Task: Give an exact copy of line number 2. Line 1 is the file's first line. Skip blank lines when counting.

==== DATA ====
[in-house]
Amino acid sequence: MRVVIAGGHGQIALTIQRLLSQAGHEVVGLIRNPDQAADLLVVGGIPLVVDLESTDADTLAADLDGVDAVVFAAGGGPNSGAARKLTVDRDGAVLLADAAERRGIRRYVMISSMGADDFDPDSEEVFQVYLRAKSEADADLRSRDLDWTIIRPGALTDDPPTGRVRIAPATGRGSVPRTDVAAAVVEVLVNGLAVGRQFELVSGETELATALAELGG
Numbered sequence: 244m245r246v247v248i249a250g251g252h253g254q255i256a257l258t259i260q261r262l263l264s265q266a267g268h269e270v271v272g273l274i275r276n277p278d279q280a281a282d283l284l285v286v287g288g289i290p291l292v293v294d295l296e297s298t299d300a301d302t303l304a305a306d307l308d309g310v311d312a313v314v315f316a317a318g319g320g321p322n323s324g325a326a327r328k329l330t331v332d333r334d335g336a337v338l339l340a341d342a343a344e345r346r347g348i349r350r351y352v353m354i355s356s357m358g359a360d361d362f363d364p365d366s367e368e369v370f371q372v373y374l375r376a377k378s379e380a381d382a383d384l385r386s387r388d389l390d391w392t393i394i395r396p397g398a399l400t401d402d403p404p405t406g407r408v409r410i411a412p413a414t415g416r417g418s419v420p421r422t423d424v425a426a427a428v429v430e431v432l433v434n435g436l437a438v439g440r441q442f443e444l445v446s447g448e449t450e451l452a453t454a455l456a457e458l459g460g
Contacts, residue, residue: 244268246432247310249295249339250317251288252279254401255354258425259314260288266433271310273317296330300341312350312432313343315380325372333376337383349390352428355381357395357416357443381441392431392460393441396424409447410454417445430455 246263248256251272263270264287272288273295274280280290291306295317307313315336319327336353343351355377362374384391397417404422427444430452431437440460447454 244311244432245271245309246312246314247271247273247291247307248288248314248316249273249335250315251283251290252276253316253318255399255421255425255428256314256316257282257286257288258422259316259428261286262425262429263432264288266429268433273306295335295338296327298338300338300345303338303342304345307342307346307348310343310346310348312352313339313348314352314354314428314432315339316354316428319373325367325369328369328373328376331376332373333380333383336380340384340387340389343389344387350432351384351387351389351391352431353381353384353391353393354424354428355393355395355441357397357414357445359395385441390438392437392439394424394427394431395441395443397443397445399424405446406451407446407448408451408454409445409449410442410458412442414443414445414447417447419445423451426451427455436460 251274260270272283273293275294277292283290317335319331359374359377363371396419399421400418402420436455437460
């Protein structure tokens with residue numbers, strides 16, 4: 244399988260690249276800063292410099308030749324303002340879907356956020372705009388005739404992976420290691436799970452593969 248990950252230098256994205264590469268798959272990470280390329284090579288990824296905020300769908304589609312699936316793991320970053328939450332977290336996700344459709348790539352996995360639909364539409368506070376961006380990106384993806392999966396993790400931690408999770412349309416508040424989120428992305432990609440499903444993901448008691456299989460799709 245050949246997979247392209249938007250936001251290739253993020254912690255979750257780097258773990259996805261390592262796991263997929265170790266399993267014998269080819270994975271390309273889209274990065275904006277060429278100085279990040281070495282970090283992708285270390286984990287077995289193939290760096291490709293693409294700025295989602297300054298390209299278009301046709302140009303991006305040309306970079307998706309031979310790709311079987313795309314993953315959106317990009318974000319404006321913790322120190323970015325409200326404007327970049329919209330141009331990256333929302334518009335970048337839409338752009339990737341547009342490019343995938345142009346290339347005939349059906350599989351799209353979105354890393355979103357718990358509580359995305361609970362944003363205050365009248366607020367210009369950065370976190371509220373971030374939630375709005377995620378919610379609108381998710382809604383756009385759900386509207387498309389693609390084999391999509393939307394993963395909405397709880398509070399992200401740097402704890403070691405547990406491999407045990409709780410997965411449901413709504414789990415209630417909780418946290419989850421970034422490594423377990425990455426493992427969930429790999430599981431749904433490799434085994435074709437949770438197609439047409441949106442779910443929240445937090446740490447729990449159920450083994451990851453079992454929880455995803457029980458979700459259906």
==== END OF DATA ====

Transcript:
Amino acid sequence: MRVVIAGGHGQIALTIQRLLSQAGHEVVGLIRNPDQAADLLVVGGIPLVVDLESTDADTLAADLDGVDAVVFAAGGGPNSGAARKLTVDRDGAVLLADAAERRGIRRYVMISSMGADDFDPDSEEVFQVYLRAKSEADADLRSRDLDWTIIRPGALTDDPPTGRVRIAPATGRGSVPRTDVAAAVVEVLVNGLAVGRQFELVSGETELATALAELGG